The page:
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Telescope project atop Mauna Kea gets approval from state

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    The Thirty Meter Telescope proposed for the summit of Mauna Kea was unanimously approved by the state Board of Land and Natural Resources yesterday.
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A plan by California and Canadian universities to build the world’s largest telescope at the summit of Mauna Kea received approval Friday from the state Board of Land and Natural Resources.

The decision clears the way for the group managing the Thirty Meter Telescope project to negotiate a sublease for land with the University of Hawaii.

The telescope would be able to observe planets that orbit stars other than the sun and enable astronomers to watch new planets and stars being formed. It should also help scientists see some 13 billion light-years away for a glimpse into the early years of the universe.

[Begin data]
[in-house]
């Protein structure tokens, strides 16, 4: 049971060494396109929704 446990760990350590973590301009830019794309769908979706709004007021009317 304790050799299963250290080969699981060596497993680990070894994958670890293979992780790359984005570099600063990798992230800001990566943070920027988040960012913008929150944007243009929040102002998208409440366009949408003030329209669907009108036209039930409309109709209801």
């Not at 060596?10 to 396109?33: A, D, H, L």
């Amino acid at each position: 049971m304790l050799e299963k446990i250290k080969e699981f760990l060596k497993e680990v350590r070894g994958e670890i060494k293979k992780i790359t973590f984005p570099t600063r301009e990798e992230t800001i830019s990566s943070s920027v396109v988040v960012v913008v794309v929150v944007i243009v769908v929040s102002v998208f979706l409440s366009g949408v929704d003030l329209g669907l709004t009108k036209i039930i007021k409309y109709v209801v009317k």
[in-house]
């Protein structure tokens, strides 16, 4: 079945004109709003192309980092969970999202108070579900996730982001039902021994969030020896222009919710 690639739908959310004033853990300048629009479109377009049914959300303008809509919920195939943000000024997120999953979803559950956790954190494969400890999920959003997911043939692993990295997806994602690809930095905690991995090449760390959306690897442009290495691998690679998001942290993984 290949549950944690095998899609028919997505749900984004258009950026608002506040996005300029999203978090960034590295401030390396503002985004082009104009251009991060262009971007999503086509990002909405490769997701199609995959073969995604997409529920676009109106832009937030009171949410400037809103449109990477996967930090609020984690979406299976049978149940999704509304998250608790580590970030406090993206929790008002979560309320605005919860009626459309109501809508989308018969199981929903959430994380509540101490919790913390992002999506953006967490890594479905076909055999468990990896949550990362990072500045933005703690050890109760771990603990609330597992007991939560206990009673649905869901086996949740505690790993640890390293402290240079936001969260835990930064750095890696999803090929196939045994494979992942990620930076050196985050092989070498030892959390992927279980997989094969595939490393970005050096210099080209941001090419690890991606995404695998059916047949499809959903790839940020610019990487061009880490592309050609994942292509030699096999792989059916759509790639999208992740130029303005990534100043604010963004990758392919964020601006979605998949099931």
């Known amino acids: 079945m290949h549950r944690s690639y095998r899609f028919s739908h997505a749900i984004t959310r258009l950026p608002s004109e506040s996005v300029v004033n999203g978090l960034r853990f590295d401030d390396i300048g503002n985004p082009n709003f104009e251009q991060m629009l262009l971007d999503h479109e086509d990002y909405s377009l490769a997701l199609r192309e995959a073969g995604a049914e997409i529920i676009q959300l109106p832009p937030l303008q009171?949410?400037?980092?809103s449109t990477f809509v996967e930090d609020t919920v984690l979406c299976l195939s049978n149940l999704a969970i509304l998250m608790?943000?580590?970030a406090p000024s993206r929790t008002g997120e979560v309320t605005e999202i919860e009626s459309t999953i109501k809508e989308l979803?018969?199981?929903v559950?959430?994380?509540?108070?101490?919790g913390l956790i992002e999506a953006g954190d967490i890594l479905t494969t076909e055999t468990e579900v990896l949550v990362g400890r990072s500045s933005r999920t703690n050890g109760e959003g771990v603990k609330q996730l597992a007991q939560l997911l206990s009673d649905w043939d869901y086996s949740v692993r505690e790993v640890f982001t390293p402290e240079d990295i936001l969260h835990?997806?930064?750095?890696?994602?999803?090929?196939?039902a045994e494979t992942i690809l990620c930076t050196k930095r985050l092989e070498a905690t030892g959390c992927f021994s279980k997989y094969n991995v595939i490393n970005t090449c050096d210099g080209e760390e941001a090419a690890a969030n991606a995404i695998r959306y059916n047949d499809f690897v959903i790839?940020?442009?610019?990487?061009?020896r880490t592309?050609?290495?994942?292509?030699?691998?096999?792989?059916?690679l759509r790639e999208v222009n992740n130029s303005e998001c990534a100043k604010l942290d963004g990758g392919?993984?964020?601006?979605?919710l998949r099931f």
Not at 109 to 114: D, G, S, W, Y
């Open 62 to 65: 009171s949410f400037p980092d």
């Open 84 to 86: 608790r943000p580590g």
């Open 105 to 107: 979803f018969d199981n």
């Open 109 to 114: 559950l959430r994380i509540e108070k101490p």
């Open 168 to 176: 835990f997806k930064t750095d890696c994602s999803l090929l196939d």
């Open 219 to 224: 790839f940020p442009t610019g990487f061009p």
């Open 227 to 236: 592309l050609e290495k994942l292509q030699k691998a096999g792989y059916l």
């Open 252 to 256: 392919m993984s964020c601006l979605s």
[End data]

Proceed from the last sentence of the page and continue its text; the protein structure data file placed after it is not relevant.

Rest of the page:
The telescope’s segmented primary mirror, which is nearly 100 feet long, will give it nine times the collecting area of the largest optical telescopes in use today. Its images will also be three times sharper.

Some Native Hawaiian groups had petitioned against the project, arguing it would defile the mountain’s sacred summit.

Native Hawaiian tradition holds that high altitudes are sacred and a gateway to heaven. In the past, only high chiefs and priests were allowed at Mauna Kea’s summit. The mountain is home to one confirmed burial site and perhaps four more.

Environmentalists also petitioned to stop the telescope on the grounds it would harm habitat for the rare wekiu bug.

The board approved the project anyway but imposed two dozen conditions, including a requirement that employees be trained in culture and natural resources.

The University of California system, the California Institute of Technology and the Association of Canadian Universities for Research in Astronomy are spearheading the telescope. China, India and Japan have signed on to be partners.

UH is involved because it leases the summit land from the state.

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